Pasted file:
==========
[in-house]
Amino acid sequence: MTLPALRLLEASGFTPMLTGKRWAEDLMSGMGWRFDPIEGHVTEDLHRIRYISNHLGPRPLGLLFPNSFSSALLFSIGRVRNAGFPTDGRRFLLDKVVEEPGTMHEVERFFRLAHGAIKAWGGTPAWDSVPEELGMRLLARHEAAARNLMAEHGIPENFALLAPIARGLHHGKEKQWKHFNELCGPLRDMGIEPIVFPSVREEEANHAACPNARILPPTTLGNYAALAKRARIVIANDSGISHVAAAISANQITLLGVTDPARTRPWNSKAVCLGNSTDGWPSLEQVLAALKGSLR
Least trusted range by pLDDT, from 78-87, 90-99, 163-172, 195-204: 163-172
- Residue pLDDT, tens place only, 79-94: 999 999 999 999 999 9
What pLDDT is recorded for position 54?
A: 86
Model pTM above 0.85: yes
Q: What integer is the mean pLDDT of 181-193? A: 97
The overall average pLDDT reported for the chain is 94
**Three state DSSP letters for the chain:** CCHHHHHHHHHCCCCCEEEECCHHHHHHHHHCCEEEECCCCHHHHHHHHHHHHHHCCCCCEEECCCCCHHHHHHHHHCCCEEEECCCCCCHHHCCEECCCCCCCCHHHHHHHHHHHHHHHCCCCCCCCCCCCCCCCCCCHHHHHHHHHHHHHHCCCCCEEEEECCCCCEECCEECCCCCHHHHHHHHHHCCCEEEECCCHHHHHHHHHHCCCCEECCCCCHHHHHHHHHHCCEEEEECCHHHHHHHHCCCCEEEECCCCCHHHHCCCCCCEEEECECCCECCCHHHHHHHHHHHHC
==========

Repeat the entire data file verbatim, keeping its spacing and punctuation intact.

[in-house]
Amino acid sequence: MTLPALRLLEASGFTPMLTGKRWAEDLMSGMGWRFDPIEGHVTEDLHRIRYISNHLGPRPLGLLFPNSFSSALLFSIGRVRNAGFPTDGRRFLLDKVVEEPGTMHEVERFFRLAHGAIKAWGGTPAWDSVPEELGMRLLARHEAAARNLMAEHGIPENFALLAPIARGLHHGKEKQWKHFNELCGPLRDMGIEPIVFPSVREEEANHAACPNARILPPTTLGNYAALAKRARIVIANDSGISHVAAAISANQITLLGVTDPARTRPWNSKAVCLGNSTDGWPSLEQVLAALKGSLR
Least trusted range by pLDDT, from 78-87, 90-99, 163-172, 195-204: 163-172
- Residue pLDDT, tens place only, 79-94: 999 999 999 999 999 9
What pLDDT is recorded for position 54?
A: 86
Model pTM above 0.85: yes
Q: What integer is the mean pLDDT of 181-193? A: 97
The overall average pLDDT reported for the chain is 94
**Three state DSSP letters for the chain:** CCHHHHHHHHHCCCCCEEEECCHHHHHHHHHCCEEEECCCCHHHHHHHHHHHHHHCCCCCEEECCCCCHHHHHHHHHCCCEEEECCCCCCHHHCCEECCCCCCCCHHHHHHHHHHHHHHHCCCCCCCCCCCCCCCCCCCHHHHHHHHHHHHHHCCCCCEEEEECCCCCEECCEECCCCCHHHHHHHHHHCCCEEEECCCHHHHHHHHHHCCCCEECCCCCHHHHHHHHHHCCEEEEECCHHHHHHHHCCCCEEEECCCCCHHHHCCCCCCEEEECECCCECCCHHHHHHHHHHHHC